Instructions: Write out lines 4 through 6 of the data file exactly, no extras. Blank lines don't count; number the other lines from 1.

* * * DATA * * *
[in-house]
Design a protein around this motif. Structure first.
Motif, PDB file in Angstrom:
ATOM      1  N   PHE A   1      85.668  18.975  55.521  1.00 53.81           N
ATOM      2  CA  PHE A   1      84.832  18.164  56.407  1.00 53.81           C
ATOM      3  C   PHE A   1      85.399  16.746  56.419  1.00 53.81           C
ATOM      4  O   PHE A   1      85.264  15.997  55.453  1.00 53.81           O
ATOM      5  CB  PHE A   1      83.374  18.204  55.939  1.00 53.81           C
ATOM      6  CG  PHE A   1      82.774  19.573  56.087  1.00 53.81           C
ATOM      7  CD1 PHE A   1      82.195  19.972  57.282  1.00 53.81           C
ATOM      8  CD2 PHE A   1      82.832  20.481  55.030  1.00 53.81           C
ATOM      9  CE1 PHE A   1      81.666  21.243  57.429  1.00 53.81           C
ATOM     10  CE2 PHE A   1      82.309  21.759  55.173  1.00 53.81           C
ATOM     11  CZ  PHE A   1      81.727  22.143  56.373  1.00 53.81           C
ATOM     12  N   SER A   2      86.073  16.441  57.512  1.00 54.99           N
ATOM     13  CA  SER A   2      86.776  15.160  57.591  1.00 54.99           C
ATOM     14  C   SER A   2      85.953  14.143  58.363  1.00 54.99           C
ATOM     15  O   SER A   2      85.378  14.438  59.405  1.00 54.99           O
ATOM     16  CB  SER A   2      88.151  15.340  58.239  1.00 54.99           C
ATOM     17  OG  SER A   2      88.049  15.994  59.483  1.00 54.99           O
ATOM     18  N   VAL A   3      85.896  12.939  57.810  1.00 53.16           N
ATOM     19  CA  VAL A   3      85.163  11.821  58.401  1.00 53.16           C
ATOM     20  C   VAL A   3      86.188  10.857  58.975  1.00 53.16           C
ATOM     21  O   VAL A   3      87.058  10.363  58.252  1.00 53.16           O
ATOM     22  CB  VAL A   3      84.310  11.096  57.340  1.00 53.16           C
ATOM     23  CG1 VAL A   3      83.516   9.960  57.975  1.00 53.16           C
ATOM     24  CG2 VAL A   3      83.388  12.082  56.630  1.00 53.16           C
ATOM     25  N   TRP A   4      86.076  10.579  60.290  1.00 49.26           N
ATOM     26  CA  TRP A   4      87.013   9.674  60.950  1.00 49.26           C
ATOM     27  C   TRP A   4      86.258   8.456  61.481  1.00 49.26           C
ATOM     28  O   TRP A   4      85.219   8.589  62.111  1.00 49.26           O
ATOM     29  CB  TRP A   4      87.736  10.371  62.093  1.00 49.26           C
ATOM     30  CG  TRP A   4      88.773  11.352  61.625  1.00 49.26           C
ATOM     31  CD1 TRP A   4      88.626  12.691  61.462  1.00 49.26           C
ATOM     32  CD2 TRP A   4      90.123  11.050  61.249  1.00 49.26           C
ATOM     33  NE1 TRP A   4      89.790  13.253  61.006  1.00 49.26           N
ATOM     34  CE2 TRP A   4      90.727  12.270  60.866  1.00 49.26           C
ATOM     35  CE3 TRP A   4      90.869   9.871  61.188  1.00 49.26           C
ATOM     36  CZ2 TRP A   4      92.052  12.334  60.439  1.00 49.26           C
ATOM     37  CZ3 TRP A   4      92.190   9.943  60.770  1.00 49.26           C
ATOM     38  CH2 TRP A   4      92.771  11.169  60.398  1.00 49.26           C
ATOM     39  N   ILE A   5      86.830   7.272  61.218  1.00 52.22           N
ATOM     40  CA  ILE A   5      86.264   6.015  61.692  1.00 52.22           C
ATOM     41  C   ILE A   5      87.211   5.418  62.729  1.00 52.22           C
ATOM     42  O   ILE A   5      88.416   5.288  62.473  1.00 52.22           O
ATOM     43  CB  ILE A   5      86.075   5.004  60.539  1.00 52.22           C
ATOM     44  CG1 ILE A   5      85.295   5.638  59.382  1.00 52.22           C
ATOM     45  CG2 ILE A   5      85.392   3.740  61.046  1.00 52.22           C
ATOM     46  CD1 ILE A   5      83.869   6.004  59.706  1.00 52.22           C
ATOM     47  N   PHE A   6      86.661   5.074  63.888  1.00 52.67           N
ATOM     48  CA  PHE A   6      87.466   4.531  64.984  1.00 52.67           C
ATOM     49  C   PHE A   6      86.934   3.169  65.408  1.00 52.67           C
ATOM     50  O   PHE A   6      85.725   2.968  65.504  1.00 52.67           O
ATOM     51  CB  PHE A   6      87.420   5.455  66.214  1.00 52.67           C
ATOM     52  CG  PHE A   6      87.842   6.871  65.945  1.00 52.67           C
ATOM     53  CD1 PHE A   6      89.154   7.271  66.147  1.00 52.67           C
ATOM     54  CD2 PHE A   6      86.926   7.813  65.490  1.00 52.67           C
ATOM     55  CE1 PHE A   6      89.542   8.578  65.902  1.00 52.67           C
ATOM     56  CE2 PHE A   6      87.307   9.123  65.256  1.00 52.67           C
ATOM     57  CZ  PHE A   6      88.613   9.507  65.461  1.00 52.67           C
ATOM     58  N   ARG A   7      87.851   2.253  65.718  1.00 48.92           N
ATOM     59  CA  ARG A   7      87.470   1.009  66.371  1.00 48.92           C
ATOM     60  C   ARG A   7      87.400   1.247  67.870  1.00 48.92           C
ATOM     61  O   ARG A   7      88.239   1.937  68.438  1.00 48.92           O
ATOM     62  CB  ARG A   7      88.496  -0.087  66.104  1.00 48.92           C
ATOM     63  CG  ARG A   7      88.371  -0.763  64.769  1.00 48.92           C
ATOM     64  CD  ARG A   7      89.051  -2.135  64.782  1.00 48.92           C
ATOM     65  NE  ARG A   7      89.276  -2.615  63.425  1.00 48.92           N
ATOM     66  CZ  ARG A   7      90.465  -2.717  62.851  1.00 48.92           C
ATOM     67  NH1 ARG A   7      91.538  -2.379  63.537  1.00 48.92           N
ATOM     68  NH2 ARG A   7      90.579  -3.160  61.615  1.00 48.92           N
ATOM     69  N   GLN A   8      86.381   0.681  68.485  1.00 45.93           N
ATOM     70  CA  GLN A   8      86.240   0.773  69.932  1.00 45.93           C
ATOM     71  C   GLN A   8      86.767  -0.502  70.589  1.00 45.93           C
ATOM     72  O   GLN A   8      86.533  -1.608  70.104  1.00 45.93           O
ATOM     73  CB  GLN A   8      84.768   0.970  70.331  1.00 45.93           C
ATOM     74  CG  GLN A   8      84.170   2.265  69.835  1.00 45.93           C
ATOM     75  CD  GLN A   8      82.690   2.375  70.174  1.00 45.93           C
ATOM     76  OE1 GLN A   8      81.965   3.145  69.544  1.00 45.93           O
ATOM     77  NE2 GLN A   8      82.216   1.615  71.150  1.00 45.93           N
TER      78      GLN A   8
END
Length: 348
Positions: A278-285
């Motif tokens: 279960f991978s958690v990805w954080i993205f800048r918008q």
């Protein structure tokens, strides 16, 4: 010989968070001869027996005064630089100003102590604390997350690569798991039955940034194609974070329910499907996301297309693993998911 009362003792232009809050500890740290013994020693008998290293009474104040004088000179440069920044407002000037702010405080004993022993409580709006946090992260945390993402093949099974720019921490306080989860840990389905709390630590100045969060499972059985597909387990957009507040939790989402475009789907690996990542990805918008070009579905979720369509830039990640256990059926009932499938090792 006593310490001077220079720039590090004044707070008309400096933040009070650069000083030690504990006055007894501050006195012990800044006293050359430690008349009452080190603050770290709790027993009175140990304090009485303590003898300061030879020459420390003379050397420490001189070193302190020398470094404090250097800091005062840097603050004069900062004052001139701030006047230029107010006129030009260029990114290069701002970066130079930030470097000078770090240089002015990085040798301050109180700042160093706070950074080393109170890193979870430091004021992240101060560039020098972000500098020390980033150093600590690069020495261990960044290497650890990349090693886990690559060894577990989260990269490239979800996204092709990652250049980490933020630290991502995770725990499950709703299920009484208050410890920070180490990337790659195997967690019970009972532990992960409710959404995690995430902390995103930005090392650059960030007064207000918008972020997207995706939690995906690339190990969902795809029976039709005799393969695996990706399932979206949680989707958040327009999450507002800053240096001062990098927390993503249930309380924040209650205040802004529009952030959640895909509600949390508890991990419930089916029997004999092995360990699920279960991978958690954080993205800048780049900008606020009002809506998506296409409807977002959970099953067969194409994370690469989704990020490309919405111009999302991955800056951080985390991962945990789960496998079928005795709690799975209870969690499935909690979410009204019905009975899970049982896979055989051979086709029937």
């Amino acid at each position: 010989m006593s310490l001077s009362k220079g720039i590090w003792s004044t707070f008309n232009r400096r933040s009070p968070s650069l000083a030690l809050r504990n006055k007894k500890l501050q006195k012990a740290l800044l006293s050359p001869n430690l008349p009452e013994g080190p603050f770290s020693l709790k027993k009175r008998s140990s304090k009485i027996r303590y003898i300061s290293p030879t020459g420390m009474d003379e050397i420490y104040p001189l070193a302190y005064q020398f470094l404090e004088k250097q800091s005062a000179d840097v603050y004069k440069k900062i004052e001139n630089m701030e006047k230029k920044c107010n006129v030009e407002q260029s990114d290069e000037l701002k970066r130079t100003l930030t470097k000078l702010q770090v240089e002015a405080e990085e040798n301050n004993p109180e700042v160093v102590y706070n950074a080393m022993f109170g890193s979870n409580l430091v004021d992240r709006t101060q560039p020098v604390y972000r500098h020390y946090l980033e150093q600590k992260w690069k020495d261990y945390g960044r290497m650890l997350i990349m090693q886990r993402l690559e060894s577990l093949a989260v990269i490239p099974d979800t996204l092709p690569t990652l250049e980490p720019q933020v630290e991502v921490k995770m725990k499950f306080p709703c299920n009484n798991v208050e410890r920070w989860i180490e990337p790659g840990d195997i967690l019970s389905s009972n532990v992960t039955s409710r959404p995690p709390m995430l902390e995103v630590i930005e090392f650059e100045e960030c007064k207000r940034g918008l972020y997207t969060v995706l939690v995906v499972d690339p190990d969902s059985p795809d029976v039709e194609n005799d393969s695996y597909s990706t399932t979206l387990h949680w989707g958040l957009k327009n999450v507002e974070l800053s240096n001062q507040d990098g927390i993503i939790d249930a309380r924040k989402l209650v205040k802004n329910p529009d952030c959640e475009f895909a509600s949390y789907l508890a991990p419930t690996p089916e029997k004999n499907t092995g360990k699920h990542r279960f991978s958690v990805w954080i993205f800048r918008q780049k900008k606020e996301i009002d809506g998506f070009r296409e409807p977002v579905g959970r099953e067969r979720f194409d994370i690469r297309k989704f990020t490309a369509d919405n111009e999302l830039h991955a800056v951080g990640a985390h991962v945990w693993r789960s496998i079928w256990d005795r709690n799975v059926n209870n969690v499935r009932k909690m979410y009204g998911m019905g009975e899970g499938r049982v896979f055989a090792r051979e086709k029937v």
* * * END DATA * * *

ATOM      1  N   PHE A   1      85.668  18.975  55.521  1.00 53.81           N
ATOM      2  CA  PHE A   1      84.832  18.164  56.407  1.00 53.81           C
ATOM      3  C   PHE A   1      85.399  16.746  56.419  1.00 53.81           C